Krishnamoorthi to FDA: Adopt All Subcommittee Recommendations on Testing Consumer Products For Asbestos
Washington, D.C. (Mar. 3, 2020)—Today, Rep. Raja Krishnamoorthi, the Chairman of the Subcommittee on Economic and Consumer Policy, sent a letter to the Food and Drug Administration (FDA) encouraging it to adopt the most stringent testing methods to detect carcinogenic asbestos in consumer talc-based products.
On December 10, 2019, Chairman Krishnamoorthi held a hearing on testing standards for asbestos in consumer talc products. Within one month of the hearing, FDA announced that it would hold an open meeting on that topic.
FDA’s preliminary recommendations by the Interagency Working Group on Asbestos in Consumer Products adopted all but one of the testing improvements that were highlighted in the Subcommittee’s December hearing. However, the Preliminary Recommendations fail to include one key reform: requiring testing samples to be prepared using the heavy liquid–separation method (HLS). HLS separates and removes the bulk of talc, leaving behind asbestos particles so that they are easy to identify in samples. Using HLS, 65% of Johnson & Johnson samples of talc products sold between the 1940s and the present have reportedly tested positive for asbestos.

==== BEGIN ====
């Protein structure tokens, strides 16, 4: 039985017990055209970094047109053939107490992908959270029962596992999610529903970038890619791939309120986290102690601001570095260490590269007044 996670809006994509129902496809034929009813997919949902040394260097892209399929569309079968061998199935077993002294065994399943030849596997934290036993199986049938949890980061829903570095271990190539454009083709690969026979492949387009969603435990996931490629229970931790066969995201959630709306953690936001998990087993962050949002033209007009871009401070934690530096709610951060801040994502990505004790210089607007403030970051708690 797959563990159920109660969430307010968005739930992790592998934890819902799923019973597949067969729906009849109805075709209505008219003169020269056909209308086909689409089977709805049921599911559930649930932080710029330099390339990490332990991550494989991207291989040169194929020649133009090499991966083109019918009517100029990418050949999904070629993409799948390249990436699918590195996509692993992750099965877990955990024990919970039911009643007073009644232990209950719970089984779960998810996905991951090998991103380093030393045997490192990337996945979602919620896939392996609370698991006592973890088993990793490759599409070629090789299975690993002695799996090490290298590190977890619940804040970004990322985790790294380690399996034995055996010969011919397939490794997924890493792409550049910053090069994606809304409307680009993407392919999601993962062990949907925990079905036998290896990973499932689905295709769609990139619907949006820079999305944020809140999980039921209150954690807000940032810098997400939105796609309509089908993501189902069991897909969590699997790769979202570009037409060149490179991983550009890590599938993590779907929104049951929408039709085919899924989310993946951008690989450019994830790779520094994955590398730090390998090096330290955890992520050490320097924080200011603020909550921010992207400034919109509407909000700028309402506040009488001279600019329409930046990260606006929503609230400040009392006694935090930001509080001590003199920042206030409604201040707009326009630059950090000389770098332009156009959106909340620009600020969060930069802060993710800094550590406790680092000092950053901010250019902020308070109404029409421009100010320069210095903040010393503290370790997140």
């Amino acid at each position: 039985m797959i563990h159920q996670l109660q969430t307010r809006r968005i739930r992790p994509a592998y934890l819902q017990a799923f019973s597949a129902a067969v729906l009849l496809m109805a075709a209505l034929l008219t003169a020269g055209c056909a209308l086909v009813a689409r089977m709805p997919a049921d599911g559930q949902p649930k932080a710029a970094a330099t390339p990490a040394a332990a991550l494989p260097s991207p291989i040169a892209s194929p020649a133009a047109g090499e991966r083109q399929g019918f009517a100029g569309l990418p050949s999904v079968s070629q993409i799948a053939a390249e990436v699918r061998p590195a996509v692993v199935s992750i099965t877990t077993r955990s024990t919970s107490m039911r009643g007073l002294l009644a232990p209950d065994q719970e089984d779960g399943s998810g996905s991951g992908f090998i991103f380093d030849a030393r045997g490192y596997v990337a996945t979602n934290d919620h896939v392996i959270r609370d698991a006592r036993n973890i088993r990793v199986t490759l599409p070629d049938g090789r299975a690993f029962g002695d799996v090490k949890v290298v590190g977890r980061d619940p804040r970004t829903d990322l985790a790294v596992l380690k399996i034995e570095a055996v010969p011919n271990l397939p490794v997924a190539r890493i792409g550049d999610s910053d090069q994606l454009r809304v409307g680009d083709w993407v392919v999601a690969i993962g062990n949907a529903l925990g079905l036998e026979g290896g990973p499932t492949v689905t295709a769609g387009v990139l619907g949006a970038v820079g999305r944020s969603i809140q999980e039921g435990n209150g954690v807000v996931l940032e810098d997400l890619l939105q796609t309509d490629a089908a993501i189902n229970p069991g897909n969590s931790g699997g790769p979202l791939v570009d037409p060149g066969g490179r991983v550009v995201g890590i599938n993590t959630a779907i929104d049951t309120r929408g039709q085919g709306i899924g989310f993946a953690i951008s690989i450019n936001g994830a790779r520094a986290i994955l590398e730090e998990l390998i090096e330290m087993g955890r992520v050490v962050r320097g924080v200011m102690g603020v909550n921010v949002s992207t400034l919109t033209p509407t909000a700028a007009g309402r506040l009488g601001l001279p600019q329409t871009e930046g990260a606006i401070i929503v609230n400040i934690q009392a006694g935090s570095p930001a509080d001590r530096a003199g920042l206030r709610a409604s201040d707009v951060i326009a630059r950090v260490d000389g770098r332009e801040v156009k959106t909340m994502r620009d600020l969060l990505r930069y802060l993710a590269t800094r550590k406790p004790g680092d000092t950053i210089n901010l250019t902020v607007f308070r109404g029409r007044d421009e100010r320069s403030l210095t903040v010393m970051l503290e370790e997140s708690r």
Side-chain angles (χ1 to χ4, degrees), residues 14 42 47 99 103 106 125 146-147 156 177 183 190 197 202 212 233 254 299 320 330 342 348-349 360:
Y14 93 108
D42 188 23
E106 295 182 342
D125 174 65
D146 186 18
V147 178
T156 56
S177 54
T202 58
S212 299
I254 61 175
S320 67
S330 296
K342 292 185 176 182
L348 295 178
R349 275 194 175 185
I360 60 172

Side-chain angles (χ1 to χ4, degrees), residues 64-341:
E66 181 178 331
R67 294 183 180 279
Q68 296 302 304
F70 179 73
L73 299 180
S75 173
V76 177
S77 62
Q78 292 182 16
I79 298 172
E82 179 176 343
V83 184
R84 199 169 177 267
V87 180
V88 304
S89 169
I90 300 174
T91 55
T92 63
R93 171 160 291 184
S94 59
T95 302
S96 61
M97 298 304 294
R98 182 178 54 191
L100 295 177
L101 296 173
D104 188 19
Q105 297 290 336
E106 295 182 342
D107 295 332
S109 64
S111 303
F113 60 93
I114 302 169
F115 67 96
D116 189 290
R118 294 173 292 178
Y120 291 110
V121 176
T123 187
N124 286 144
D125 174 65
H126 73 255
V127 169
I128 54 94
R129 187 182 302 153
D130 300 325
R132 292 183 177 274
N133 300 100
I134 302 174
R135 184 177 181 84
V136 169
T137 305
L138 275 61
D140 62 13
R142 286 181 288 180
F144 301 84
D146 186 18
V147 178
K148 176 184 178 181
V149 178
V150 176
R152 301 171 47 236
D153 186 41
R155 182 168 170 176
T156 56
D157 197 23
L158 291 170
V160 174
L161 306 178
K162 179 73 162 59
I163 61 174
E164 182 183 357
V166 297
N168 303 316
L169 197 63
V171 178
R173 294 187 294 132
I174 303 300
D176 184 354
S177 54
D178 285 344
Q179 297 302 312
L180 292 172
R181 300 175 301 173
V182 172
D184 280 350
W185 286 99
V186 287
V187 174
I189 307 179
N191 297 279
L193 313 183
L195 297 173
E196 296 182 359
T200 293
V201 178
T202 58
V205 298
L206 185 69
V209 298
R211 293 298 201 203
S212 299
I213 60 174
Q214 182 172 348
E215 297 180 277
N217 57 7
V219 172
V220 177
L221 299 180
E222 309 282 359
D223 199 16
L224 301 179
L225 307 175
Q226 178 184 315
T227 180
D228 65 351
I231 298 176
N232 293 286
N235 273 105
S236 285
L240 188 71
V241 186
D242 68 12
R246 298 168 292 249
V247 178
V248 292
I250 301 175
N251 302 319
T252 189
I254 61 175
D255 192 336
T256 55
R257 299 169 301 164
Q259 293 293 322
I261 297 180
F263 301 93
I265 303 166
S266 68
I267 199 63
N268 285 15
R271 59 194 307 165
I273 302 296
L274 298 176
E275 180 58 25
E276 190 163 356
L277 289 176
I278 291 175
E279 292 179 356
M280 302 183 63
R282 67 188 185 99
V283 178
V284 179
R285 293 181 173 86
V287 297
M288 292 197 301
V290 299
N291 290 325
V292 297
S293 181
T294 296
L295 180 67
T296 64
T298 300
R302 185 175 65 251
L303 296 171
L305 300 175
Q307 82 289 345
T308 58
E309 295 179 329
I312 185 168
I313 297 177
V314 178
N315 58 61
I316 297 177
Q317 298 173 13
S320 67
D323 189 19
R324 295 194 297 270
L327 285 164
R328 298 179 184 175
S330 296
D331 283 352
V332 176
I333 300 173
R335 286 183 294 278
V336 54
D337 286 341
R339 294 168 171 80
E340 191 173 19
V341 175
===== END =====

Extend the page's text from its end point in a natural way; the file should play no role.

“For decades, manufacturers of talc products have reported negative asbestos tests by employing testing methods that were not sensitive enough to detect harmful amounts of asbestos in their products and by using sample-preparation methods that allowed dangerous asbestos particles to hide undetected,” Krishnamoorthi wrote. “These practices have allowed companies to sell asbestos-containing products to unknowing consumers for decades.”
On October 18, 2019, FDA announced that it had detected asbestos in one lot of Johnson and Johnson’s baby powder, and the company recalled nearly 33,000 bottles of baby powder in the United States.
After the recall, Johnson & Johnson made multiple claims in the media attacking the integrity and accuracy of FDA’s positive test results. After paying two labs to conduct additional tests, the company reported that none of the tests it commissioned detected asbestos. However, one of Johnson & Johnson’s paid labs did find asbestos in the product.
“FDA must use the most sensitive testing method to detect carcinogenic asbestos in consumer talc-based products,” Krishnamoorthi wrote. “It should no longer use the preferred detection methods of Johnson & Johnson. The Subcommittee hopes that FDA will take this necessary step by adopting the Preliminary Recommendations and adding the requirement to utilize the HLS method of test sample preparation.”
Click here to read today’s letter.